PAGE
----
Prof Geoffrey Samuel
My research extends over a number of interrelated areas within religious studies, social anthropology, comparative sociology, and cognate disciplines. Theoretically, my interests centre around an understanding of cultural processes and their effects on human behaviour, in terms which recognise the embodied character of human existence and which give proper weight to both human consciousness and biology. I am particularly interested in religion (including ‘shamanism’) in relation to healing, gender and ecology, including the ways in which these issues manifest in contemporary societies.
My main ethnographic focus has been on religion in Tibetan societies. My work on Tibetan religion has also extended into the social history of Indic religions more generally. Other research topics include Tibetan medicine and health practices, the anthropology of music, research on Buddhism and other new religious movements (paganism, shamanism, esotericism) in the UK and Australia, and research into Islam in the UK and Bangladesh. I have carried out extensive field research over many years in India, Nepal, Tibet, and other Asian and Western societies.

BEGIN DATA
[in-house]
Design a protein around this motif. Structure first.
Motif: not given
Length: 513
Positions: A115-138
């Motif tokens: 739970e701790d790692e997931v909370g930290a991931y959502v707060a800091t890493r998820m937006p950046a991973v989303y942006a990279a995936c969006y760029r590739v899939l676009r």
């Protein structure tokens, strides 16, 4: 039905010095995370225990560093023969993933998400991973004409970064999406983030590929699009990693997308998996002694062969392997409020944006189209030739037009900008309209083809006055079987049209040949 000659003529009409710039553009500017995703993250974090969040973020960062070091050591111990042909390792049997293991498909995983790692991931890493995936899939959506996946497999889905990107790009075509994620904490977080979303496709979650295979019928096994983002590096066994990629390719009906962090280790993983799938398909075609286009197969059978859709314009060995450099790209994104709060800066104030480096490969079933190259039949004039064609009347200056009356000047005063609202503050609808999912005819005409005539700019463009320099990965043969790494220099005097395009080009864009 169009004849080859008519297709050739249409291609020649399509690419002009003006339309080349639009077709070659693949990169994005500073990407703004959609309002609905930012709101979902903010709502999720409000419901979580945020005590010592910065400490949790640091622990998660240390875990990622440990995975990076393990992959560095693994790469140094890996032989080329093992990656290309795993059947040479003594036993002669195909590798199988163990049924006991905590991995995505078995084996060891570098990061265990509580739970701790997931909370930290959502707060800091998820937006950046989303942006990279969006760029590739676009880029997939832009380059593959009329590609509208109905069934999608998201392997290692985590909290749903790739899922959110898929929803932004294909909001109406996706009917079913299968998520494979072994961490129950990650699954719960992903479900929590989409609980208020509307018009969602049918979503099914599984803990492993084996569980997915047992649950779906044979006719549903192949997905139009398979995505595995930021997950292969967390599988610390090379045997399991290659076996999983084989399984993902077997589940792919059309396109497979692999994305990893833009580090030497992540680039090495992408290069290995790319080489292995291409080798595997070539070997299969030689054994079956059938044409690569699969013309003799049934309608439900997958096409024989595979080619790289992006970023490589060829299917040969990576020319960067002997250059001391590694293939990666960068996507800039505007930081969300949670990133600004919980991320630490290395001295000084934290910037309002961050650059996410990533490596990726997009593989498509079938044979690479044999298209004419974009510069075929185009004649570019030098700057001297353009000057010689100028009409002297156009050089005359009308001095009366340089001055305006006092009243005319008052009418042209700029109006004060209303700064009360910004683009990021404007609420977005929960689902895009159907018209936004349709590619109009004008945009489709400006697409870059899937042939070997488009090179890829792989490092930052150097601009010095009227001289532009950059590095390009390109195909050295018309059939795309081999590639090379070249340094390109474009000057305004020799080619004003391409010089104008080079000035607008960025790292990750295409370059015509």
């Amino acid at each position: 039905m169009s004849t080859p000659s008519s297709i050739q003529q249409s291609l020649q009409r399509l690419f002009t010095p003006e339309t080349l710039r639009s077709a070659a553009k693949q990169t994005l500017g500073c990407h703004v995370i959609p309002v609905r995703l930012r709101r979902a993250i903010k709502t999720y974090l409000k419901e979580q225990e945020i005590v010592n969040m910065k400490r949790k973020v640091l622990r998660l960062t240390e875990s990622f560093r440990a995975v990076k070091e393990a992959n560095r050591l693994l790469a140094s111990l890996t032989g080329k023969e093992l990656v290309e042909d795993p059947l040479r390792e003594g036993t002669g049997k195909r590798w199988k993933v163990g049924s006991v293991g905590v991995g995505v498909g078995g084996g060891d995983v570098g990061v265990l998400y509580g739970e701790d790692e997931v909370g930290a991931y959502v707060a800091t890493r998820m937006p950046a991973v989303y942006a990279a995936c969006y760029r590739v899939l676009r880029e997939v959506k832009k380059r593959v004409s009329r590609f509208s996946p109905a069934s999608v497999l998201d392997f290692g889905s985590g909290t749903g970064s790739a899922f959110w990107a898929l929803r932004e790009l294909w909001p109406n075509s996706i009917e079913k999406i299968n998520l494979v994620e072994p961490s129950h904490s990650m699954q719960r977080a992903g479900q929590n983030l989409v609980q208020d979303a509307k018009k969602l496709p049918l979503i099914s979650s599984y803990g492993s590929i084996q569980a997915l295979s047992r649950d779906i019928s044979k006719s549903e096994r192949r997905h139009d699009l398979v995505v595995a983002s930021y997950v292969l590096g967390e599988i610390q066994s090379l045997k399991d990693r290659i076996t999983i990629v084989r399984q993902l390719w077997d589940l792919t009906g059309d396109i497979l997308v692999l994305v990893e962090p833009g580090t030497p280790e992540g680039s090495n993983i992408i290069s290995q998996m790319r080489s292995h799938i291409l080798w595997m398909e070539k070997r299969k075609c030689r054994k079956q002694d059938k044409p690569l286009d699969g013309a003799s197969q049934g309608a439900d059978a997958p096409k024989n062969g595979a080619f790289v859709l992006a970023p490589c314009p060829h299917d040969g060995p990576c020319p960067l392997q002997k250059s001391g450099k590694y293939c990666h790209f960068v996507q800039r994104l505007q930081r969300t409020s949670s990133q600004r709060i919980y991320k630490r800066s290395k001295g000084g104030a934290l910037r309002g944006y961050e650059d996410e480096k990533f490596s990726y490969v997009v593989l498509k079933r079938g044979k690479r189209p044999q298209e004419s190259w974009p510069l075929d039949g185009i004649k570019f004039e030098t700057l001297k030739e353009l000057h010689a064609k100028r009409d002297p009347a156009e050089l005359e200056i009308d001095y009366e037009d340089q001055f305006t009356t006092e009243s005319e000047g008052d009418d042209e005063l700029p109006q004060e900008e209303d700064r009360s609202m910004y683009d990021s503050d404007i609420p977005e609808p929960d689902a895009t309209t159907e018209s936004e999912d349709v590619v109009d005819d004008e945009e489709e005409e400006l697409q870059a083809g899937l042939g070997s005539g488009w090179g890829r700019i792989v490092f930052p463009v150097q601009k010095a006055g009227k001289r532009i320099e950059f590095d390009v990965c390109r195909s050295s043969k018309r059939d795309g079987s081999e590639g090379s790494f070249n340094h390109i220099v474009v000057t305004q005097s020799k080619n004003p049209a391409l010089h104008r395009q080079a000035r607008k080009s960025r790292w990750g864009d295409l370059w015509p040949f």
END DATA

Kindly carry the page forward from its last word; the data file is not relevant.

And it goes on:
My main current research, organised through the Research Group on the Body, Health and Religion (BAHAR), based at Cardiff University, centres about the understanding of healing processes in a variety of contexts: folk healing practices in Asian societies, ‘traditional’ Asian medical and yogic practices aimed at healing, and Western adaptations and developments of such practices within the field of complementary and alternative medicine. A major AHRC-funded project on Tibetan longevity practices (with Cathy Cantwell and Rob Mayer) ended in September 2009; several publications from this project have appeared or are in press. I am currently directing a Leverhulme Trust-funded project on Tibetan medicine in the Bon tradition (with Colin Millard). I am also involved in an ESRC-funded project on young Bangladeshis, marriage and the family in Bangladesh and the UK (directed by Santi Rozario), and in a British Academy-funded project on contemporary ritual in Bhutan.
Jan 1971-1972 Nepal and North India
Aug-Sep 1973 North India
Dec 1978 Nepal and North India
Dec 1984-Jan 1985 West Java
Jul-Aug 1987 Nepal and Central Tibet
Jun-Sep 1989 Thailand, India and Nepal
Jan 1990, Jul-Sep 1990 India (Tibetans)
Aug 1991 Nepal, Central and Eastern Tibet
Dec 1991-Jan 1992, Aug 1992 India
Dec 1993-Jan 1994 Bangladesh and Nepal
Jul-Aug 1996 North India (Tibetans)
Dec 1997-Jan 1998 South India and Sri Lanka
Jan-Feb 2003 Bangladesh
Jan 2006 Nepal (Tibetans)
Dec 2006-Jan 2007 Northeast India (Tibetans) and Bangladesh
Jan 2008, Dec 2008-Jan 2009 Bangladesh
Feb-Mar 2009 Northeast India (Tibetans)
Jan. 2010 Bangladesh
July 2010 Northeastern Tibet
Dec 2011 to Jan 2012. Bhutan